The Pasque flowers have timed their appearance this year to perfection and are in full bloom across the centre of the reserve in some impressive banks of colour. Matched by the profusion of cowslips all across the reserve and the first Early Purple Orchids in bloom on a south facing bank just alongside the main path across the reserve the flora is doing its best to attract visitors.
These visitors include many insects and on a disappointing day for butterflies I was able to learn something about the bees and flies present on the reserve with the help of Albert and a lovely lady from Anglia Ruskin Life Sciences department. I now know how to tell the difference between a male and female Ashy mining bee (present along the path through the woodland adjacent to the wall), how to spot their nests in the soil along the path and technical terms such as “curly hairy things” to aid with bee identification. There were certainly plenty of other mining bees, bumblebees and flies around the apple blossom so if insects interest you as much or more than flowers then there are plenty to try and identify.
If you are looking for something a little bigger then Willow Warblers and Blackcaps have returned to the reserve after their winter breaks and Blue Tits can be observed nesting in the wall on the southern boundary. We still await the first Cuckoo call to be heard and Whitethroat to be seen. If you are interested in birds a reminder that we have planned a bird song walk at 6:00am next Friday 21st April please let us know on email@example.com if you would like to attend so we know who is coming.
Please do let us know what you see on the reserve this week with an e-mail to firstname.lastname@example.org so we can let others know what is emerging onto the reserve.
With the Pasque flowers gradually spreading across the reserve for those not willing to make a 6:00am start for the Bird song walk on 21st April there is a more socially timed event being organised by the Peterborough local group of the Bedfordshire, Cambridgeshire and Northamptonshire Wildlife Trust.
This event will start from the main car park at 2pm on Saturday 29th April. The spring walk will obviously be on the lookout for Pasque flowers and many of the other spring flowers that, given the recent warm weather, will be present in considerable numbers across the reserve. Weather permitting sharp eyes will also be looking for Green hairstreak butterflies. There will be a small charge by the Wildlife Trust of £2 for this event.
With a few days of warmer weather everything is suddenly moving forwards. The violets and cowslips have been joined by the first Pasque flowers. These currently take some effort to locate, I found five flowers on a south facing slope enjoying the Thursday afternoon sunshine in compartment 1 (adjacent to the path approaching the northern most gate in the fence between compartments 1 and 4). Within another one or two weeks depending on the temperature any stroll round the centre of the reserve near the large gate between compartments 1 and 2 (south west and north west) will spot these lovely flowers in all their purple and yellow glory. Perfect timing for Easter.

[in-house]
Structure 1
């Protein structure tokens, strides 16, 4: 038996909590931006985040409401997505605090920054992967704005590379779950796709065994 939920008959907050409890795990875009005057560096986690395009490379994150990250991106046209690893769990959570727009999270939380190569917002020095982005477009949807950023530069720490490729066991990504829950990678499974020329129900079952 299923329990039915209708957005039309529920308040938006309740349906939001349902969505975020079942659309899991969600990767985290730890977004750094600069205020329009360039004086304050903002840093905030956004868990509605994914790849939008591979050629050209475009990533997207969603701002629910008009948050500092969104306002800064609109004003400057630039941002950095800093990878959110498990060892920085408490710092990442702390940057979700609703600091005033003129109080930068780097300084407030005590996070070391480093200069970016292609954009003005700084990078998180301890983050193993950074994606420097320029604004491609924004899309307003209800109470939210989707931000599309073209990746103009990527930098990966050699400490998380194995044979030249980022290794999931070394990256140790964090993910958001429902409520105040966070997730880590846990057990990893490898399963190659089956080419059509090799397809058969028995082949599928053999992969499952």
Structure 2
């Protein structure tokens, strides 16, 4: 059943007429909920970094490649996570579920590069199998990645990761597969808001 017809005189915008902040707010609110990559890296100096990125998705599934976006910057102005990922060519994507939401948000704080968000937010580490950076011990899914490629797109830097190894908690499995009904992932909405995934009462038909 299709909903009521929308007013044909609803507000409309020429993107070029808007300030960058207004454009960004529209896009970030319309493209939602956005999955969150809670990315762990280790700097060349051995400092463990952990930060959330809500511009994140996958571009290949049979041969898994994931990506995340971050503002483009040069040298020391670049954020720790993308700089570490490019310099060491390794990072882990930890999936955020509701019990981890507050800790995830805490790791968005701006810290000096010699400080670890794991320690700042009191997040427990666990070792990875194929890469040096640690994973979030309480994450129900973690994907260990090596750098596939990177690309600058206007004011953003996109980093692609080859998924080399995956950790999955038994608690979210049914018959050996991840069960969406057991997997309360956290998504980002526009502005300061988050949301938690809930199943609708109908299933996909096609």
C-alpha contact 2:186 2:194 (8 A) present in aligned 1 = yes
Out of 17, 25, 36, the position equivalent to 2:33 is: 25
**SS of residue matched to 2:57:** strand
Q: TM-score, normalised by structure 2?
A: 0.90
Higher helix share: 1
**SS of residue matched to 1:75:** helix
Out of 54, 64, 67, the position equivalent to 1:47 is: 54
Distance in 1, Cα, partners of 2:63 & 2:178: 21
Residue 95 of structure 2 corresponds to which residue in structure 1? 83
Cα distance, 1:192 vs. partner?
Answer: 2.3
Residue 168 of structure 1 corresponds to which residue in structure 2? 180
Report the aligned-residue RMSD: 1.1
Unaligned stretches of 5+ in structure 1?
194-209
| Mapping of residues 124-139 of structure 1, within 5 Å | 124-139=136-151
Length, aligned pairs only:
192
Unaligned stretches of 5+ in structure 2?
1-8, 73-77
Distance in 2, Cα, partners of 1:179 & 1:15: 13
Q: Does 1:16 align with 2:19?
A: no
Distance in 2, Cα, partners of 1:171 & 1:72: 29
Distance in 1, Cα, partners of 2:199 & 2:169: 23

The visit on Thursday also added my first Brimstone butterflies of the season as well as Peacocks, Comma’s and small tortoiseshells. Keep a look out for the first Orange Tips which should be on the scene soon along with Holly Blues.
All these signs of spring mean the birds are also becoming more active and vocal and Tim Sutton has kindly offered to lead an early morning walk meet at the main car park at 6:00am on Friday 21st April to help identify their calls. This will obviously be weather dependent so please do let me know (email@example.com) if you would like to attend and I can keep you informed on the arrangements. Whilst not specifically renown for its bird life this walk should allow us to recognise many of the birds by their calls and therefore equip us to pick out and look for more unusual species. This event will be free for members and a small charge of £2 for non-members or you can join on the day for £5 and enjoy all other FBHH 2017 events for free.
With the warmer weather is is not just butterflies to spot on the reserve. The warmer days provide plenty of opportunities to find bees on the reserve in April.
Below is a table of the bees sited on the reserve in 2016 thanks to the efforts and reporting by Ryan Clark
|Tawny Mining Bee
||Andrena (Andrena) fulva
|Gwynne’s Mining Bee
||Andrena (Euandrena) bicolor
|Grey Mining Bee
||Andrena (Melandrena) cineraria
|Buffish Mining Bee
||Andrena (Melandrena) nigroaenea
|Early Mining Bee
||Andrena (Trachandrena) haemorrhoa
|Hairy Footed Flower Bee
||Anthophora (Anthophora) plumipes
|Red-tailed (Hill) Cuckoo Bee
|Southern (Vestal) Cuckoo Bee
|Common Carder Bee
|White tailed Bumblebee
||Colletes (Colletes) hederae
|White-footed Furrow Bee
||Lasioglossum (Dialictus) leucopus
|Two-coloured Mason Bee
||Osmia (Neosmia) bicolor
The last entry is particularly interesting to look out for as it makes its nest in old snail shells. It then uses very small “sticks” and grass to seal the entrance which it collects and carries to the nest. This can give the appearance of bees “riding broomsticks”.
For more information on these and other bees visit www.bwars.com
A very big thank you to all the volunteers and Natural England staff who turned out to clear and burn a lot of the scrub in compartment 3 (North East corner). By keeping the scrub cleared in this area we are providing every opportunity for the richer flora present in compartments 1 and 2 to expand and colonise the “hills and holes” in this area.
Whilst it was a fairly grey day with constant drizzle and a few heavy showers (which I managed with perfect timing to miss) the work, fire and companionship kept us warm. The sharp eyed will note a missing beech tree in the area and far fewer hawthorn bushes work started by the Peterborough conservation volunteers and extended by today’s efforts. Some more minor cutting back and taking out of smaller hawthorn growth in the next week will conclude activities in the area for this season.